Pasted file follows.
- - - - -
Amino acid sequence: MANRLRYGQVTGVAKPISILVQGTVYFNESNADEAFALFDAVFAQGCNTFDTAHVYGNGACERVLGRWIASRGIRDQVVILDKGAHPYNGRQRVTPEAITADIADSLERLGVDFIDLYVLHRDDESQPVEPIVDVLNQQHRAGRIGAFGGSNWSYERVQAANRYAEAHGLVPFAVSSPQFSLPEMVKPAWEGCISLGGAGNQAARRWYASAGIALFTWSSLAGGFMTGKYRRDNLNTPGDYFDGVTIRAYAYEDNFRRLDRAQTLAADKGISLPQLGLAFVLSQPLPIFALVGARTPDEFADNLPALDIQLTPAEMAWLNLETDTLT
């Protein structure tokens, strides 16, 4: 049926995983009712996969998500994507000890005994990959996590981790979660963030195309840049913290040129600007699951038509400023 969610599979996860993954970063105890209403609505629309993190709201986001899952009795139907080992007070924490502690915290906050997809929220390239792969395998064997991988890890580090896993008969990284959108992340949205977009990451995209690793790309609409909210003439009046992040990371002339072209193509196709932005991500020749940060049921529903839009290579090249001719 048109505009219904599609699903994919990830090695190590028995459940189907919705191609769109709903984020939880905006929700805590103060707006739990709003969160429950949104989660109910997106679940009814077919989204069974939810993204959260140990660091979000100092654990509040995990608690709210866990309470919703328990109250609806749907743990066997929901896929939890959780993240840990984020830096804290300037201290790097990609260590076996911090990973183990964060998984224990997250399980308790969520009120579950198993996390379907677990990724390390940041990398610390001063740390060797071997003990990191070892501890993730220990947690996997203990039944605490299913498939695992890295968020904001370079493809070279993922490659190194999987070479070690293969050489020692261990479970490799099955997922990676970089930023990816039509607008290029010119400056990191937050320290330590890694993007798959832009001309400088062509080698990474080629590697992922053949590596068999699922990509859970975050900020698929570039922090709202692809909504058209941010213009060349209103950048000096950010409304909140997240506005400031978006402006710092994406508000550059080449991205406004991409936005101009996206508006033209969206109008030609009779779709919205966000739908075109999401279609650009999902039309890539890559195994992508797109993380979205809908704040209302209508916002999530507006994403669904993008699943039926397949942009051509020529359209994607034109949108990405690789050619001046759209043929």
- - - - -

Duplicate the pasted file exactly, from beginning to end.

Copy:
Amino acid sequence: MANRLRYGQVTGVAKPISILVQGTVYFNESNADEAFALFDAVFAQGCNTFDTAHVYGNGACERVLGRWIASRGIRDQVVILDKGAHPYNGRQRVTPEAITADIADSLERLGVDFIDLYVLHRDDESQPVEPIVDVLNQQHRAGRIGAFGGSNWSYERVQAANRYAEAHGLVPFAVSSPQFSLPEMVKPAWEGCISLGGAGNQAARRWYASAGIALFTWSSLAGGFMTGKYRRDNLNTPGDYFDGVTIRAYAYEDNFRRLDRAQTLAADKGISLPQLGLAFVLSQPLPIFALVGARTPDEFADNLPALDIQLTPAEMAWLNLETDTLT
């Protein structure tokens, strides 16, 4: 049926995983009712996969998500994507000890005994990959996590981790979660963030195309840049913290040129600007699951038509400023 969610599979996860993954970063105890209403609505629309993190709201986001899952009795139907080992007070924490502690915290906050997809929220390239792969395998064997991988890890580090896993008969990284959108992340949205977009990451995209690793790309609409909210003439009046992040990371002339072209193509196709932005991500020749940060049921529903839009290579090249001719 048109505009219904599609699903994919990830090695190590028995459940189907919705191609769109709903984020939880905006929700805590103060707006739990709003969160429950949104989660109910997106679940009814077919989204069974939810993204959260140990660091979000100092654990509040995990608690709210866990309470919703328990109250609806749907743990066997929901896929939890959780993240840990984020830096804290300037201290790097990609260590076996911090990973183990964060998984224990997250399980308790969520009120579950198993996390379907677990990724390390940041990398610390001063740390060797071997003990990191070892501890993730220990947690996997203990039944605490299913498939695992890295968020904001370079493809070279993922490659190194999987070479070690293969050489020692261990479970490799099955997922990676970089930023990816039509607008290029010119400056990191937050320290330590890694993007798959832009001309400088062509080698990474080629590697992922053949590596068999699922990509859970975050900020698929570039922090709202692809909504058209941010213009060349209103950048000096950010409304909140997240506005400031978006402006710092994406508000550059080449991205406004991409936005101009996206508006033209969206109008030609009779779709919205966000739908075109999401279609650009999902039309890539890559195994992508797109993380979205809908704040209302209508916002999530507006994403669904993008699943039926397949942009051509020529359209994607034109949108990405690789050619001046759209043929």